Global Alert and Response (GAR)

Hepatitis A


The hepatitis A virus HAV

- Morphology and physicochemical properties
- Genome and proteins
- Antigenicity
- Stability

HAV, first identified in 1973, is a nonenveloped, spherical, positive stranded RNA virus, classified within the genus hepatovirus of the picornavirus family.18, 21-23

HAV infection does not lead to chronic or persistent hepatitis.18, 23, 40

HAV strains recovered from widely separated regions of the world are antigenically similar. In humans, a single serotype of HAV exists.18, 21, 23, 39, 40

HAV is known to produce disease in humans and non-human primates. In vitro, the wild type virus is generally difficult to grow and no cytopathic effect is observed. Attenuated HAV strains adapted to cell culture have been used to develop vaccines.18, 21, 23, 40

HAV infection induces lifelong protection against reinfection.18

Click here for: Electron Microscopy (EM) picture of HAV

Morphology and physicochemical properties
HAV is among the smallest and structurally simplest of the RNA animal viruses.

The virion is nonenveloped and, with a diameter of 27-32 nm, it is composed entirely of viral protein and RNA. Electron microscopy (EM) analyses show particles with icosahedral symmetry although no structural details could be discerned. Morphologically, HAV particles are indistinguishable from other picornaviruses.18, 22, 40

Full virions have a buoyant density of 1.32 - 1.34 g/cm3 in CsCl and a sedimentation coefficient of 156 - 160 S in neutral sucrose solutions.18, 21

Empty capsids, abundant in faeces collected during early infection, band at 1.20 and 1.29 - 1.31 g/cm3, with sedimentation coefficients ranging from 50 S to 90 S, predominantly 70 S. 18, 21

Genome and proteins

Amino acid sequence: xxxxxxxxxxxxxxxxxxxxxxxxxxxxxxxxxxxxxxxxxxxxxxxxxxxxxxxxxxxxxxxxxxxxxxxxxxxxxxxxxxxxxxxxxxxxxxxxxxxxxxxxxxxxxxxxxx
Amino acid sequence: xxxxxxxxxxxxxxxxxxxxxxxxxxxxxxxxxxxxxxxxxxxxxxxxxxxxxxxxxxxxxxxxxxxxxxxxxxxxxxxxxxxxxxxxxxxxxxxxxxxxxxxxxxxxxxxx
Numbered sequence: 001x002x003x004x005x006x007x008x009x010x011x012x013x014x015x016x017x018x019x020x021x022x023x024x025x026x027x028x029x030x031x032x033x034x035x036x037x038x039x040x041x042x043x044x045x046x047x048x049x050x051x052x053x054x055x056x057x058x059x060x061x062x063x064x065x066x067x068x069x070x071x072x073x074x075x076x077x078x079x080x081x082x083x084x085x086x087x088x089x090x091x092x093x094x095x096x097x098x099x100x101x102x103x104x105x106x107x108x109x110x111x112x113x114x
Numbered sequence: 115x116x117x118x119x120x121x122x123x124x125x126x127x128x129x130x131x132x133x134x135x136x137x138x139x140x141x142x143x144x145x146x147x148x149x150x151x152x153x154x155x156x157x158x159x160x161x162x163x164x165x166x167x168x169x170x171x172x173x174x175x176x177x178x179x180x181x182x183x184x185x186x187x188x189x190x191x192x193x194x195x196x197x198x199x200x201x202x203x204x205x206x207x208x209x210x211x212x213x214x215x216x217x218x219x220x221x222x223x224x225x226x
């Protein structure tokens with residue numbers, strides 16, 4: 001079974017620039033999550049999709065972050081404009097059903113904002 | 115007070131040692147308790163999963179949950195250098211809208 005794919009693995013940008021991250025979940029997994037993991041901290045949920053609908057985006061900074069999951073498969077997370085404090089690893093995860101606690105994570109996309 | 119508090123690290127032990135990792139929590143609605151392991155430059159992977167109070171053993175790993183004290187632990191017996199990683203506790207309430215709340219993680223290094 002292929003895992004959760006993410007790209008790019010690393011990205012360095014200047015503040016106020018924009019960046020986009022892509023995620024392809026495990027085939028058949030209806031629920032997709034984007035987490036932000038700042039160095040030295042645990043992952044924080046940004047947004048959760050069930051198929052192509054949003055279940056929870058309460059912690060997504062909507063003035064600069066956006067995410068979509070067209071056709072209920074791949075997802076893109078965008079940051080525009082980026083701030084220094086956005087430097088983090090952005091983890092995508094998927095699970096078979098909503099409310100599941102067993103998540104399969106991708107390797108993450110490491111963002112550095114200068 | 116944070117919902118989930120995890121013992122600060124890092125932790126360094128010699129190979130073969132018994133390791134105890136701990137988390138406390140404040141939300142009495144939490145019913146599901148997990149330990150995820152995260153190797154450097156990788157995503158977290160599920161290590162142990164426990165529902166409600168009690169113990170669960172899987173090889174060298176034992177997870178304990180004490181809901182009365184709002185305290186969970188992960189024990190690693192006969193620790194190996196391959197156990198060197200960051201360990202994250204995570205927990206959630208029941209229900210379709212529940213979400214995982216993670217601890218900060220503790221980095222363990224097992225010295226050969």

The hepatitis A genome consists of a linear, single stranded, positive-sense RNA of approximately 7.5 kb containing a 5'-nontranslated region with complex secondary and tertiary structure.18, 21, 22, 40

The 5'-end represents a noncoding region (NCR) extending over 10% of the genome, it is uncapped and covalently linked to the viral protein VPg (2.5 kD).18, 21, 22, 40

A single large polyprotein is expressed from a large open reading frame extending through most of the genomic RNA. This polyprotein is subsequently cleaved by a viral protease (3Cpro) to form three (possibly four) capsid proteins and several nonstructural proteins.18, 21-23, 40

The 3'-end terminates with a poly(A)tail of 40 - 80 nucleotides.18, 22

Hepatitis A capsids contain 60 copies of VP1 (30 to 33 kD), VP2 (24 to 30 kD) and VP3 (21 to 28 kD). Exposed parts of VP1 (residues Ser102 and Ser114) and of VP3 (residue Asp70) on the capsid surface define the conformational immunodominant antigenic site of HAV.18, 22, 23, 40

Sequences for known human HAV isolates are highly similar even when geographic and temporal origins are widely separated, yet seven distinct genotypes have been identified to date.18

HAV genomic replication occurs exclusively in the cytoplasm of the infected hepatocyte by a mechanism involving an RNA-dependent RNA polymerase.21

Click here for: Genetic map of HAV
Click here for: 5' NCR structure of HAV

Antigenicity
HAV has only one known serotype, and one neutralization site is immunodominant. Different viral strains show similar reactivity to monoclonal anti-HAV antibodies.18, 22, 39, 40